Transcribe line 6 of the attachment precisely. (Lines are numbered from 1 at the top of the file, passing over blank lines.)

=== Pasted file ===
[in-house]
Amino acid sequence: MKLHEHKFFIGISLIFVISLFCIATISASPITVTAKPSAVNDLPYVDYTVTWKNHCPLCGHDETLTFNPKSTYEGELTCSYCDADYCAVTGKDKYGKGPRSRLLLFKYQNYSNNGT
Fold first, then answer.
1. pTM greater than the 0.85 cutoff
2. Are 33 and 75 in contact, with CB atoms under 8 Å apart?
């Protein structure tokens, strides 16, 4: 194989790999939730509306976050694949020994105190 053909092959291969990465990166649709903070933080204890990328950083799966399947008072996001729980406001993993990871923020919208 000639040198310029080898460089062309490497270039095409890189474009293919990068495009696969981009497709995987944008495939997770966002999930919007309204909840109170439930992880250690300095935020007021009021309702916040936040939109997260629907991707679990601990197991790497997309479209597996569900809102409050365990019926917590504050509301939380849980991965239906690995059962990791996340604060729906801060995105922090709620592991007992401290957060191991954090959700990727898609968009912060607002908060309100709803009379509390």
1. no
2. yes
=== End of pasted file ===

């Protein structure tokens, strides 16, 4: 194989790999939730509306976050694949020994105190 053909092959291969990465990166649709903070933080204890990328950083799966399947008072996001729980406001993993990871923020919208 000639040198310029080898460089062309490497270039095409890189474009293919990068495009696969981009497709995987944008495939997770966002999930919007309204909840109170439930992880250690300095935020007021009021309702916040936040939109997260629907991707679990601990197991790497997309479209597996569900809102409050365990019926917590504050509301939380849980991965239906690995059962990791996340604060729906801060995105922090709620592991007992401290957060191991954090959700990727898609968009912060607002908060309100709803009379509390």